Fr. Patrick reminds us the importance of believing and having faith in God, and remembering that we are His children, so in times of temptation we can find ourselves in steadfast faith.
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Printable Study Guide PDF
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Reflective Study Guide Questions
“We are not the sum of our weaknesses and failures, we are the sum of the Father’s love for us and our real capacity to become the image of His Son Jesus.”St. John Paul II
- Jesus knows and touches the Samaritan woman’s wound. He does so gently. He doesn’t want to hurt us by abrasively bringing up our imperfections. He wants to gently come close and lovingly and mercifully open our eyes to what we may need to repent for and change. He is compassionate. How has He done this in your life?
- The evil one loves to twist our sins and to try to make us believe that God hasn’t forgiven us or can’t possibly forgive us. We need to be able to recognize lies like these and combat them with the Truth. How can you respond to moments when thoughts like these run through your mind? Maybe there is a Scripture verse or two that you can memorize this Lent that you can go back to and repeat over and over when you’re having difficult thoughts like these.
- There is nothing in our lives that God can’t forgive. Have you been to confession recently? What did it feel like when you walked out of the confessional?
- Satan also loves to make us believe that “we are what we’ve done.” When have you been tempted to believe this? How did you overcome that? If you’re struggling with this now, what verses in Scripture back up the truth that you are not defined by your sins, but that you are defined by the Father’s love? How can you try to believe this more and more every day?
- God loves to redeem our past. How has He worked like this in your life and through your past?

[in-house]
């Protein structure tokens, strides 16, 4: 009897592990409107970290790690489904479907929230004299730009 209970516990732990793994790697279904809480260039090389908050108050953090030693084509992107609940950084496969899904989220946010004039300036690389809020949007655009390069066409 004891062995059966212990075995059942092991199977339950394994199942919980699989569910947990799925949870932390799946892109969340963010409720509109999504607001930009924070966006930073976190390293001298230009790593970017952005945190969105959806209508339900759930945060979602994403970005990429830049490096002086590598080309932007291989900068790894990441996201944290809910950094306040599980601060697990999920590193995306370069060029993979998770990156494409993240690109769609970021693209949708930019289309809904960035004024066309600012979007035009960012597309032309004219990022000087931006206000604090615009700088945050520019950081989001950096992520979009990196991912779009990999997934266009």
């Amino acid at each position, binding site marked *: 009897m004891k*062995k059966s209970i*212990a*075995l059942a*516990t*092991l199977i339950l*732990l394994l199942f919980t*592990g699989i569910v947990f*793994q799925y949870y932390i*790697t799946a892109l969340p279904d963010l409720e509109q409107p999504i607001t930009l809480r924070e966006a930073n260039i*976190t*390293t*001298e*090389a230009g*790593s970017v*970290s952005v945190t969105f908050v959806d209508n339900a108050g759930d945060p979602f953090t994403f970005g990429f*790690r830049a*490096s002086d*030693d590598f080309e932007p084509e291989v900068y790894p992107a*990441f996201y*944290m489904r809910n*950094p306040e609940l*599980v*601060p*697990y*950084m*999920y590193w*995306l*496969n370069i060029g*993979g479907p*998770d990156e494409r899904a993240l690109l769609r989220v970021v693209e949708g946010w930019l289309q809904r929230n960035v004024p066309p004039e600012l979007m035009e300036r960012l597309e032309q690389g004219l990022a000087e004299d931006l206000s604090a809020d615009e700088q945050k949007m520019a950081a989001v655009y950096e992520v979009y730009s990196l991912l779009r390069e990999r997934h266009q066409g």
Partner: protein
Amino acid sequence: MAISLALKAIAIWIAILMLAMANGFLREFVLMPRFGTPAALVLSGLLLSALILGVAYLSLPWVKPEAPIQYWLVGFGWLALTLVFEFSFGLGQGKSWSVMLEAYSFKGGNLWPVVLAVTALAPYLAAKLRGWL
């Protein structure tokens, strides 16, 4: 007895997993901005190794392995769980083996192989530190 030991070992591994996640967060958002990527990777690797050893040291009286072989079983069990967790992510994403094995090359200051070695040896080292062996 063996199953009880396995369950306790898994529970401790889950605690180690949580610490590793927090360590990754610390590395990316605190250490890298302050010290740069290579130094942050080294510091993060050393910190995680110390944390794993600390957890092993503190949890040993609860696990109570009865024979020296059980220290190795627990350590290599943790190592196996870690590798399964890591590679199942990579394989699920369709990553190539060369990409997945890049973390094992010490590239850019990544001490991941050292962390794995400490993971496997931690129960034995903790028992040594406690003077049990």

Text: Overcoming Our Temptations
Hello friends, Fr. Patrick Gonyeau here at Corpus Christi Catholic Church in Detroit, Michigan thrilled to be on the Pray More Novenas Lenten retreat with you. You can hear more from me if you’d like at Free Mustard Seeds, a podcast I run, and encounter ministries at www.encounterministries.us, an exciting organization, training tens of thousands of Catholics to walk in the power and gifts of the Holy Spirit.
Temptation of Jesus in the Desert
Speaking of the Holy Spirit, we hear on this first Sunday of Lent in today’s Gospel that, “Then Jesus was led by the Spirit into the desert to be tempted by the devil,” chapter four verse one. And I’d like to focus with you on the temptation of Jesus in the desert, and how he shows us a blueprint for victory over temptations in our lives. The Catechism of the Catholic Church talks about this scene, this moment in the life of Jesus in paragraphs 538 through 540, like to read a line or two from paragraph 540: “By the solemn 40 days of lent, the church unites herself each year to the mystery of Jesus in the desert.”
The whole Lenten season is a penitential season, that just like Jesus in the desert, He shed himself of material comforts and went deep in prayer, aligning his heart and his mind with the Father. Well, that’s the same for us as well. We shed material comfort, we go deep into prayer so that our heart and our mind can be synced in line, in key, with the mind of Christ. The 1st Corinthians chapter two tells us that we have as disciples of Jesus, and the Lord Himself tells us, “I’m the vine and you’re the branches and my father is the vine grower, he prunes the branches so that they bear more fruit.” So Lent is a penitential season, a time of pruning. And at the heart of that word penitential is really repent.
When Jesus says, repent, the kingdom of heaven is at hand. Repentance in Greek, metanoia, it’s to have a change of mind, a change of thought, bringing our thoughts, our desires, the way that we speak, move, and act into line with Jesus, who has really given us His own life as disciples to share. St. Paul says, “Yet I live no longer, Christ is living in me.” Galatians 2:20.